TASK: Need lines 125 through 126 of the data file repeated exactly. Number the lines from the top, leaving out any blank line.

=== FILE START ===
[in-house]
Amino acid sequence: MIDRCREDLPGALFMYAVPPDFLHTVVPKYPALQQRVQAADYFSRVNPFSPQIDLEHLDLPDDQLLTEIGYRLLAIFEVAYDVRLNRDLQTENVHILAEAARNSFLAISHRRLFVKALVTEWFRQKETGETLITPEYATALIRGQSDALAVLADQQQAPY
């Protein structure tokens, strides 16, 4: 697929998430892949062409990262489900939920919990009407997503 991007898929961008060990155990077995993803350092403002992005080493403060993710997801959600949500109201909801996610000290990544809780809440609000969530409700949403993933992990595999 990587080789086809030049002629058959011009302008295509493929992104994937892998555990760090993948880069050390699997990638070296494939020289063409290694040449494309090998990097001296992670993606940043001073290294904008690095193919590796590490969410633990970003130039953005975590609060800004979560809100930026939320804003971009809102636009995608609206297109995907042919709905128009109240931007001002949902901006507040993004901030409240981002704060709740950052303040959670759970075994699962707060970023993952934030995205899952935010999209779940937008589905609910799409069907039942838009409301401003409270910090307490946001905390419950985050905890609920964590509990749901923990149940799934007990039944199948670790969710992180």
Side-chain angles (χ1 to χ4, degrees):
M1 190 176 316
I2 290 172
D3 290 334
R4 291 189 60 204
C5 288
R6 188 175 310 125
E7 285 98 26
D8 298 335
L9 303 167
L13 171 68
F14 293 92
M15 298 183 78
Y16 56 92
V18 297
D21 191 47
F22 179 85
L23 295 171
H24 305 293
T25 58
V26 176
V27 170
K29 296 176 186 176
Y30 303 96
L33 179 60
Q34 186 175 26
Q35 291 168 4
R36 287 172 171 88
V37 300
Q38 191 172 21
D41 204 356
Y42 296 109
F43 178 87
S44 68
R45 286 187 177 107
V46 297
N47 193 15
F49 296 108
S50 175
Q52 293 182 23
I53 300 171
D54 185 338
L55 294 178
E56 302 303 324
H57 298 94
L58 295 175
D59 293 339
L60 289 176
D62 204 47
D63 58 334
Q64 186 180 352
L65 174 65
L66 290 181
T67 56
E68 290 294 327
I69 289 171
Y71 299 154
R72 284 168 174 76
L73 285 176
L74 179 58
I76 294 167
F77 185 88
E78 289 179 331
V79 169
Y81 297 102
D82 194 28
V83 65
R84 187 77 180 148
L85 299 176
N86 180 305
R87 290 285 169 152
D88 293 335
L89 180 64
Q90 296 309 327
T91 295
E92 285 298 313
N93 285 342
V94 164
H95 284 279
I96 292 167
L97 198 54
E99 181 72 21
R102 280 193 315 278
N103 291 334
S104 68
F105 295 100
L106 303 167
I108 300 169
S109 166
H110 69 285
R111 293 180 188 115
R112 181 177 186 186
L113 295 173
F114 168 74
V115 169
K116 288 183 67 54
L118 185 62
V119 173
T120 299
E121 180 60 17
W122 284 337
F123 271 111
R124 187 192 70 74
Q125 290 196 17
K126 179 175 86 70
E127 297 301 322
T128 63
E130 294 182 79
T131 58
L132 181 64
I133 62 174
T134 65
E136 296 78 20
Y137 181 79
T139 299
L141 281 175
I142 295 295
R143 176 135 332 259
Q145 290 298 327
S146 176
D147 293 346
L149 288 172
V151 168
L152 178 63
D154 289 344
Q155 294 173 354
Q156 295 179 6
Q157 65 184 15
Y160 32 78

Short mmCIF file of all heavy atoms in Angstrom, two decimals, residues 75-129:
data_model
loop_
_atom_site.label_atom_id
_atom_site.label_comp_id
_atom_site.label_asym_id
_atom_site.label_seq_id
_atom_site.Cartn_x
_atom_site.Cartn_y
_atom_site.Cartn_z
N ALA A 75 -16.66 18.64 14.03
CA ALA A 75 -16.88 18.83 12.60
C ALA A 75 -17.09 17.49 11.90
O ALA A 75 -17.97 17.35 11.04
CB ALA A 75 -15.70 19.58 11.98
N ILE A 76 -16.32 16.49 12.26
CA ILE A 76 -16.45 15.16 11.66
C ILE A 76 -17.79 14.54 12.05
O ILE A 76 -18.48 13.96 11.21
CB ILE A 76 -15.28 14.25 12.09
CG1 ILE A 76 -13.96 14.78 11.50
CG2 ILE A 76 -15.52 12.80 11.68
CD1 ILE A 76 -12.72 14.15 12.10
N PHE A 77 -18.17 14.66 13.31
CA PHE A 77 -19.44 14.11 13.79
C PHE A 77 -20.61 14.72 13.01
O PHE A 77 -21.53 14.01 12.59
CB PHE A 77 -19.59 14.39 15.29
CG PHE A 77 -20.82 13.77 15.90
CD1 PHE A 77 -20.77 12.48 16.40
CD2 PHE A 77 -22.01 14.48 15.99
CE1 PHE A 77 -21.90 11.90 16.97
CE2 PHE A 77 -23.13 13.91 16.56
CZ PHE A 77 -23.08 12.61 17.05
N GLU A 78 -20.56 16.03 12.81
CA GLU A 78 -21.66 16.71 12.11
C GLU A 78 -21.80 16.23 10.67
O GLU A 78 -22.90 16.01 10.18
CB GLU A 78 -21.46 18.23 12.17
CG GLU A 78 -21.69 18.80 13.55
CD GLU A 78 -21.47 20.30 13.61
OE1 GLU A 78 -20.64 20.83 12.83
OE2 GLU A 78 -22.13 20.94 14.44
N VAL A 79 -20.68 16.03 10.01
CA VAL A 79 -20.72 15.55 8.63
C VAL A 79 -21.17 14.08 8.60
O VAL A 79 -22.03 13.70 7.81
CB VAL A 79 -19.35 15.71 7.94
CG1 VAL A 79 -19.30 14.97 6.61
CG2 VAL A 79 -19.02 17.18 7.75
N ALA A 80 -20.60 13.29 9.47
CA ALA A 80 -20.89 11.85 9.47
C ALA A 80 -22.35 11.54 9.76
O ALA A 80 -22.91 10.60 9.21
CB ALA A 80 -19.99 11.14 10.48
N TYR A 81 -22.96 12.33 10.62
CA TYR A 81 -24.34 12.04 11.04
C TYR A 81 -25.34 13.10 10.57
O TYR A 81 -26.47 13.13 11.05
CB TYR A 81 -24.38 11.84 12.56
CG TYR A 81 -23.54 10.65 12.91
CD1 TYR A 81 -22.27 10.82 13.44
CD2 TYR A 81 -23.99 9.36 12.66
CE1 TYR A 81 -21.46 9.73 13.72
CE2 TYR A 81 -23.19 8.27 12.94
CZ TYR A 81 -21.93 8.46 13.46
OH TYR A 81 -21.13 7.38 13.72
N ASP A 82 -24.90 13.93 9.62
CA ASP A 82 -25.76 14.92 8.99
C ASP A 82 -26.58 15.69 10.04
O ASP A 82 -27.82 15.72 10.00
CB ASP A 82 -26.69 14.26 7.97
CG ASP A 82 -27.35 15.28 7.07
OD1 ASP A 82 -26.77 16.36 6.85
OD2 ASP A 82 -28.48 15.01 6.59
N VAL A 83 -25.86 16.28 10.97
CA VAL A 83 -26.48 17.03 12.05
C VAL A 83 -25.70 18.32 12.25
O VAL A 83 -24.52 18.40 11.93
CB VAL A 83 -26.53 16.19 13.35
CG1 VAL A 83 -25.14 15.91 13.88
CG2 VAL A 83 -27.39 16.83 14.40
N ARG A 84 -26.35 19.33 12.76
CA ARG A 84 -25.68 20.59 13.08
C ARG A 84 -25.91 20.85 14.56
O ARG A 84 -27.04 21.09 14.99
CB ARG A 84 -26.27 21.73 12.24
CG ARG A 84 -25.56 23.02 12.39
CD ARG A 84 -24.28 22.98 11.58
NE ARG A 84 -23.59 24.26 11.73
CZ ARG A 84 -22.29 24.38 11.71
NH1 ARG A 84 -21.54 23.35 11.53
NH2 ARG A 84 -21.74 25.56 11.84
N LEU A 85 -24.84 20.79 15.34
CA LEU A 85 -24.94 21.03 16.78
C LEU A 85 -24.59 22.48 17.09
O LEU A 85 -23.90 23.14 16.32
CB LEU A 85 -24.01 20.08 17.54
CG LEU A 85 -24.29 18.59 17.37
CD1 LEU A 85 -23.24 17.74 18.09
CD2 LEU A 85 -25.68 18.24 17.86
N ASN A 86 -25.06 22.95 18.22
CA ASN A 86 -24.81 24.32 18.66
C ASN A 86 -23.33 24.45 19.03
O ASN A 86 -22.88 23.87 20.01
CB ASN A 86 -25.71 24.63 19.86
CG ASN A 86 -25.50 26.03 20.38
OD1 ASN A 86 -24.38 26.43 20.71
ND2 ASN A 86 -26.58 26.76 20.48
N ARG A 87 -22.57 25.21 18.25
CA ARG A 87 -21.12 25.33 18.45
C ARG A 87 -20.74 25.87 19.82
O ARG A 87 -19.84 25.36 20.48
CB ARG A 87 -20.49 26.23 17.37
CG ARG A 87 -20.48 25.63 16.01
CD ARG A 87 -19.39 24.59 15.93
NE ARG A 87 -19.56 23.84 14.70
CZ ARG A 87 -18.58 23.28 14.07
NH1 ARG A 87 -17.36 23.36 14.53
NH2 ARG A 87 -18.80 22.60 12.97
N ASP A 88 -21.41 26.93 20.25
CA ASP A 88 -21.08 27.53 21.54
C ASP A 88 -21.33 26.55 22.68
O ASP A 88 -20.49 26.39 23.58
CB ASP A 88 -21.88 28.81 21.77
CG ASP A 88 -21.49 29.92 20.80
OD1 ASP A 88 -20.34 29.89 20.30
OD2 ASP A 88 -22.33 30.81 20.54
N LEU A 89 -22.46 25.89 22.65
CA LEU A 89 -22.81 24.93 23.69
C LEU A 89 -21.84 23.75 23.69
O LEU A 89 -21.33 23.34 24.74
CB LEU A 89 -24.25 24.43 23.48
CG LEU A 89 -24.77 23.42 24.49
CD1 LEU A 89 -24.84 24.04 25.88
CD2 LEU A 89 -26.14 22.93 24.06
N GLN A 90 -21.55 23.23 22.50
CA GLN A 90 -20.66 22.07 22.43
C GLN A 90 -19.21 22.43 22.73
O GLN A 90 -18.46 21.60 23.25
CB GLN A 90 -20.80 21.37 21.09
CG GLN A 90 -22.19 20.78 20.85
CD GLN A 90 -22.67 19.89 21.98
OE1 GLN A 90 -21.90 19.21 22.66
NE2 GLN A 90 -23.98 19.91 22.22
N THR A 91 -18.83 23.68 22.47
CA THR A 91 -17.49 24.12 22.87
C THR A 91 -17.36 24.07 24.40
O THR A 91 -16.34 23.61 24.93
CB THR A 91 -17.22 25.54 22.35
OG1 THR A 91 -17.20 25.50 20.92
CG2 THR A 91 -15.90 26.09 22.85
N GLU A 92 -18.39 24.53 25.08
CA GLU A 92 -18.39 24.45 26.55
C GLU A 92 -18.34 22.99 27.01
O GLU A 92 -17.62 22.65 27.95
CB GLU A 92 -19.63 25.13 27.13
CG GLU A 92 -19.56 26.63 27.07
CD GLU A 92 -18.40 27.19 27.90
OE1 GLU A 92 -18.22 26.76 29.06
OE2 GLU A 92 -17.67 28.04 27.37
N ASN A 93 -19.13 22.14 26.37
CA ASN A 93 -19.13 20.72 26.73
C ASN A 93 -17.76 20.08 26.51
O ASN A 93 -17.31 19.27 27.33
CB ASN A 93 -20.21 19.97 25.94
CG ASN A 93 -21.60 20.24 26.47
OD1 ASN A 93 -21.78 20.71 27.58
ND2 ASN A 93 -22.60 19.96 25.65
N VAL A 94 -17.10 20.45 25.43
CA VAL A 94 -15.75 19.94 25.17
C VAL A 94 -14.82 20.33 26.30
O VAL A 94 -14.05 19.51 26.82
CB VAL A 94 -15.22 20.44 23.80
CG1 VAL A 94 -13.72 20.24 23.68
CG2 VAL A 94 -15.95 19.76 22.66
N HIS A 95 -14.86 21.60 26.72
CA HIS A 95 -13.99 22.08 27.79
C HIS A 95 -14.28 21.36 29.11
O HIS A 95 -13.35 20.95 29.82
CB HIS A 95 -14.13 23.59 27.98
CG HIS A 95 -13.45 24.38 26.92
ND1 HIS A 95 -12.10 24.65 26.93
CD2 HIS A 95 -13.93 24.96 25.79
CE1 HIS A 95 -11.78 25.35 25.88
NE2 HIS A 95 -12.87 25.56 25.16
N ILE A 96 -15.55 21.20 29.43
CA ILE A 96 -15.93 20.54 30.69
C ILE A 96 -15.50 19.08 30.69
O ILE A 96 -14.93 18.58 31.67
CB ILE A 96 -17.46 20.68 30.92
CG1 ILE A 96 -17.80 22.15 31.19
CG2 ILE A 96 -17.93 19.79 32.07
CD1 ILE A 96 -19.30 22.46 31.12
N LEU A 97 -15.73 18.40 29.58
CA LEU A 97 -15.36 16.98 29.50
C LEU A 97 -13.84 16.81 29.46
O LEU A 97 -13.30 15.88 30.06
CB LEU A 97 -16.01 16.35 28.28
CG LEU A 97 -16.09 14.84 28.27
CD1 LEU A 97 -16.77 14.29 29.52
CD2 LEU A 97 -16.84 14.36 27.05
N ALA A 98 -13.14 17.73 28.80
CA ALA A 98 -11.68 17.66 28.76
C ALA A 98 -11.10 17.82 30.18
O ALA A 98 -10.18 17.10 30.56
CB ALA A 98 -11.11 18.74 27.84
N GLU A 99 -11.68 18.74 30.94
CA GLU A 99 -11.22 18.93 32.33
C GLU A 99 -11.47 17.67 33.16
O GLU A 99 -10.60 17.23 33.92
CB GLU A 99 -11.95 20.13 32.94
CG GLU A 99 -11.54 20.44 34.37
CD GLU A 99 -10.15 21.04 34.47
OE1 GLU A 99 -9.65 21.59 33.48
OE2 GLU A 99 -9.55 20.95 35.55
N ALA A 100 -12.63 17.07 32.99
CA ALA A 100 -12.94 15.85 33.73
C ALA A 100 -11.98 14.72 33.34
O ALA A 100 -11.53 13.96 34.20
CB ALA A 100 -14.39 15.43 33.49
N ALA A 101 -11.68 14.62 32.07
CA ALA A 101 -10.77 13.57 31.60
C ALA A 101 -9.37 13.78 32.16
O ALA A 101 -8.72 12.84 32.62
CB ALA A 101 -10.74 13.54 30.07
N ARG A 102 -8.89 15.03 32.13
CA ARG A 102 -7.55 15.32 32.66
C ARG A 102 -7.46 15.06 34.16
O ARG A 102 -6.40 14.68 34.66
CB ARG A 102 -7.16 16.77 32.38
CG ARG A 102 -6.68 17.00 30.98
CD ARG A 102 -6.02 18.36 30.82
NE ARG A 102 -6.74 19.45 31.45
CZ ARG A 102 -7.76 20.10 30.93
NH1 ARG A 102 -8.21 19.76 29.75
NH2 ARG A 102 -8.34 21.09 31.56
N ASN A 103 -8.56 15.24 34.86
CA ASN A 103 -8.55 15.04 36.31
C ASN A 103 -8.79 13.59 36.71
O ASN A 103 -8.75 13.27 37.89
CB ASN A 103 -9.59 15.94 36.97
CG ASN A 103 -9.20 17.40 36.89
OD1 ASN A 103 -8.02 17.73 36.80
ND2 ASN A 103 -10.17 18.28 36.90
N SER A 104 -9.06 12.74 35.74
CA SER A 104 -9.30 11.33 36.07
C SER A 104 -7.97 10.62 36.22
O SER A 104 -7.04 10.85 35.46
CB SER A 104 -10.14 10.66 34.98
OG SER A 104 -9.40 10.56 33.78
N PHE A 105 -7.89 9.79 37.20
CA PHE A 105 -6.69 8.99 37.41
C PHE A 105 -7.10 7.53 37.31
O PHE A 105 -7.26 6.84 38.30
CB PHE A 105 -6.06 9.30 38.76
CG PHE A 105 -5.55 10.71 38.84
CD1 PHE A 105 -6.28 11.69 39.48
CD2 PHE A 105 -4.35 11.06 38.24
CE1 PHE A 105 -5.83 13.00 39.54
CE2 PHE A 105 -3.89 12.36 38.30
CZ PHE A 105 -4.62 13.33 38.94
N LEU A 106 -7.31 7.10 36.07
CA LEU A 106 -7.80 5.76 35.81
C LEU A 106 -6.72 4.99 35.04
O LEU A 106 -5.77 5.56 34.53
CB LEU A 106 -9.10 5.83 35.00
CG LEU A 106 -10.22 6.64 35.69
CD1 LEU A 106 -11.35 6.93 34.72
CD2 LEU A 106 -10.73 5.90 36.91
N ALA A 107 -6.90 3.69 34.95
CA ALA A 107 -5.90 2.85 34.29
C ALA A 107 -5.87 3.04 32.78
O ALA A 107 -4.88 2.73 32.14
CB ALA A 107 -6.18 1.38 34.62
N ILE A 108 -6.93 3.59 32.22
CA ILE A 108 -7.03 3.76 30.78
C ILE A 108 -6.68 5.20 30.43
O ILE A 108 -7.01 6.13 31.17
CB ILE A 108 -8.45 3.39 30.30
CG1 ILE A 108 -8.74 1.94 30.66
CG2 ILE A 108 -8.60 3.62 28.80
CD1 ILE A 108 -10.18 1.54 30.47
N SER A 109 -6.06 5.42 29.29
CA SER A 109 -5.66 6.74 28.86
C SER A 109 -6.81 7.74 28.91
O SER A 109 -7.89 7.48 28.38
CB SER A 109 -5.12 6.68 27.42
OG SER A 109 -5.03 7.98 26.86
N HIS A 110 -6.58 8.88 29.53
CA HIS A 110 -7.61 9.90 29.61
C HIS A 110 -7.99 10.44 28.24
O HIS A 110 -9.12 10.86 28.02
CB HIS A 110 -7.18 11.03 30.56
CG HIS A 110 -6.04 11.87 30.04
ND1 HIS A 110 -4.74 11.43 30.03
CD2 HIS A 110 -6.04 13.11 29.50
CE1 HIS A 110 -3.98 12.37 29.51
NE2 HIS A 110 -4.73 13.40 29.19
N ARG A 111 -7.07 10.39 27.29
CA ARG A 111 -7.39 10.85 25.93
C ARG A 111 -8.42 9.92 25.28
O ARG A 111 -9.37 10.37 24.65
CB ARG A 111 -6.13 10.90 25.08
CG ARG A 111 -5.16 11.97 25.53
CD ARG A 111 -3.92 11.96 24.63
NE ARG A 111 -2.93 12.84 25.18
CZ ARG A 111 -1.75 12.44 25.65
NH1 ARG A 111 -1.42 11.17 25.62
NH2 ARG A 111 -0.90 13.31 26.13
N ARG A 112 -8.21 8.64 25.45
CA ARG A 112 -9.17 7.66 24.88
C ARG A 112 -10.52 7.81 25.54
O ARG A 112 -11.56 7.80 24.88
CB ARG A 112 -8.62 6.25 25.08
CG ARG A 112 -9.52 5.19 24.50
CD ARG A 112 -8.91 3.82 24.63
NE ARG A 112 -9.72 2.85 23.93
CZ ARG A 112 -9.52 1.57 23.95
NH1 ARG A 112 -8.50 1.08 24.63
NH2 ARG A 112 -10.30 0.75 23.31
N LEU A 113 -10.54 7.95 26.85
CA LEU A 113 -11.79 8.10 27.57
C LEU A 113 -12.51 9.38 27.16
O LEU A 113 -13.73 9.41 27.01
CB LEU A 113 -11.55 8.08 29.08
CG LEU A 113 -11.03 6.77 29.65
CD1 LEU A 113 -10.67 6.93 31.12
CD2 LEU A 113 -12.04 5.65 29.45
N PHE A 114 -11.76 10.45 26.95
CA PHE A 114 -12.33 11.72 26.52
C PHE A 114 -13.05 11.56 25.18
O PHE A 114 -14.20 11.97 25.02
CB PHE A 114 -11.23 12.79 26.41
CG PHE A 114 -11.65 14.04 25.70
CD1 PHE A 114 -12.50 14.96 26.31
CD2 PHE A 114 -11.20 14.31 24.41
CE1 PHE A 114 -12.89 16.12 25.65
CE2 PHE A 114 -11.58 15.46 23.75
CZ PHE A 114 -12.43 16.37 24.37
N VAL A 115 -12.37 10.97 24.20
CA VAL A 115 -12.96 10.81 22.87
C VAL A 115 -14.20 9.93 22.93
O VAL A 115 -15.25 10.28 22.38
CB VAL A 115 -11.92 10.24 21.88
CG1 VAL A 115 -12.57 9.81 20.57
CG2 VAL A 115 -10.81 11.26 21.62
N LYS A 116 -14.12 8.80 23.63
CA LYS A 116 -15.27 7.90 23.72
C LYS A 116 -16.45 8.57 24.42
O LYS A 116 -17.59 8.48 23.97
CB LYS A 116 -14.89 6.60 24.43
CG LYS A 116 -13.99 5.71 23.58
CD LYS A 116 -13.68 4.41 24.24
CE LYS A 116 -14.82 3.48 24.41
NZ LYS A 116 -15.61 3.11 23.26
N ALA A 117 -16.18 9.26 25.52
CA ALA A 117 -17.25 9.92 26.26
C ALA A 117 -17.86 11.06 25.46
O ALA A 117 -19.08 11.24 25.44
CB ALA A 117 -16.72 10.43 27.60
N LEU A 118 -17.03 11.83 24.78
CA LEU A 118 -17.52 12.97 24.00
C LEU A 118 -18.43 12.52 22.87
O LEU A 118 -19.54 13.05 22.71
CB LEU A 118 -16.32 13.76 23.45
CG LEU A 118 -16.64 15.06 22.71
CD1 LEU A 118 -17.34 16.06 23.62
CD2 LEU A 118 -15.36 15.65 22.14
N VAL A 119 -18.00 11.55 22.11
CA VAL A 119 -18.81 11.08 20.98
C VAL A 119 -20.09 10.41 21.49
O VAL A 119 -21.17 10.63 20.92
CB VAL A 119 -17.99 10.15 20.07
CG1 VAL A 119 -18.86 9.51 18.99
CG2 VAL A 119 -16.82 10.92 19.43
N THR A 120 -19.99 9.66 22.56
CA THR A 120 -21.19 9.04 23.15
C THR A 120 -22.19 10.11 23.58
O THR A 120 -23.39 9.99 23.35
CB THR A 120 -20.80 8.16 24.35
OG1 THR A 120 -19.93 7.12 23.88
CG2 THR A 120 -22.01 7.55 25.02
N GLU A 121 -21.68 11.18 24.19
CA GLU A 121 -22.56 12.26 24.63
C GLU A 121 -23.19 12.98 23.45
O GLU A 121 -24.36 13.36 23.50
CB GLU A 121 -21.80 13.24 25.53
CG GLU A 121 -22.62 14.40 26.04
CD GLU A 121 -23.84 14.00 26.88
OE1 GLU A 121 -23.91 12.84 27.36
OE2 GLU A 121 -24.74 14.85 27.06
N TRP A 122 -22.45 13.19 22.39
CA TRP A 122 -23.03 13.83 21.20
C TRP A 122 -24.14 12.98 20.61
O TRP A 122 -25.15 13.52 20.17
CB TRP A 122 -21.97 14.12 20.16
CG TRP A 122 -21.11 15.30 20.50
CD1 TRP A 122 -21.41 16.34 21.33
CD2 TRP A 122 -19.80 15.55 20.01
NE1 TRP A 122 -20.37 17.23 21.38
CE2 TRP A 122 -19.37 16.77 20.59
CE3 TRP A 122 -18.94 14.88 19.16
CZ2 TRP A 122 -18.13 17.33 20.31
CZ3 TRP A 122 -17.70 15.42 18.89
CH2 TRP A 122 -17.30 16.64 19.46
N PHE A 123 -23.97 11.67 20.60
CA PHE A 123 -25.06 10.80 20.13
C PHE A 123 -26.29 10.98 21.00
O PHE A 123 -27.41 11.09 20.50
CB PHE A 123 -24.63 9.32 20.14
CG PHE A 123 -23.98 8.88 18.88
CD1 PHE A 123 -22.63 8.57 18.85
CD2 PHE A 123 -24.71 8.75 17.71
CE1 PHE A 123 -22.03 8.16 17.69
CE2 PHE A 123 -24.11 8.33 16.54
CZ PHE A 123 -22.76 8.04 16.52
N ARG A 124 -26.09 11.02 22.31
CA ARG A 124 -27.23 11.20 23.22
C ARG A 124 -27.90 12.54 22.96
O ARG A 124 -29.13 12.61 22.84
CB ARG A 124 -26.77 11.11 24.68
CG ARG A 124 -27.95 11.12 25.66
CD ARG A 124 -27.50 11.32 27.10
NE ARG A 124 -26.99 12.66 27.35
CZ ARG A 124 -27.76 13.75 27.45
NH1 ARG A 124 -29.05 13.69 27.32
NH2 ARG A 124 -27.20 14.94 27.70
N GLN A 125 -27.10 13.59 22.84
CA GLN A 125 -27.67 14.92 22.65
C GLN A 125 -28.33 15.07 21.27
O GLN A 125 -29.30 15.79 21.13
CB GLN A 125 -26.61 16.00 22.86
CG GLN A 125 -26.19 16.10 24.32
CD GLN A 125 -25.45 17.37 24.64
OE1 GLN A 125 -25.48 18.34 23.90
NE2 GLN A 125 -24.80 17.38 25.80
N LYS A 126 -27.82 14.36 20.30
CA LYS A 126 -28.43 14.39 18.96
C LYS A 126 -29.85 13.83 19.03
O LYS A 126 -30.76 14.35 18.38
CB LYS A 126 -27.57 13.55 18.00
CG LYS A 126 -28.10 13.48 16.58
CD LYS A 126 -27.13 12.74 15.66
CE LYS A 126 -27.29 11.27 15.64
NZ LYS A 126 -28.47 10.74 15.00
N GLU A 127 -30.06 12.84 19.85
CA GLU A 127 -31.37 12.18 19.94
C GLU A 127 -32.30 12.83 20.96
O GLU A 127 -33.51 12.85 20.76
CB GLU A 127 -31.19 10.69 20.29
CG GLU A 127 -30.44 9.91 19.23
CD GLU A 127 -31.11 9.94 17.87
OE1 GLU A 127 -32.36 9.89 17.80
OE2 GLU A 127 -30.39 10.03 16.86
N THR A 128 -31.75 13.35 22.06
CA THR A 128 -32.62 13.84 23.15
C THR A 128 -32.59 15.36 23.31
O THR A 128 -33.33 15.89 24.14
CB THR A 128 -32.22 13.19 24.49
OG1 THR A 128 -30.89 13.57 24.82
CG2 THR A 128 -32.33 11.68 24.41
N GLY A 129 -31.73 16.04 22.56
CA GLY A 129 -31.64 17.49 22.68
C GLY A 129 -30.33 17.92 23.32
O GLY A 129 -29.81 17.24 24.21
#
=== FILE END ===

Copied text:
L149 288 172
V151 168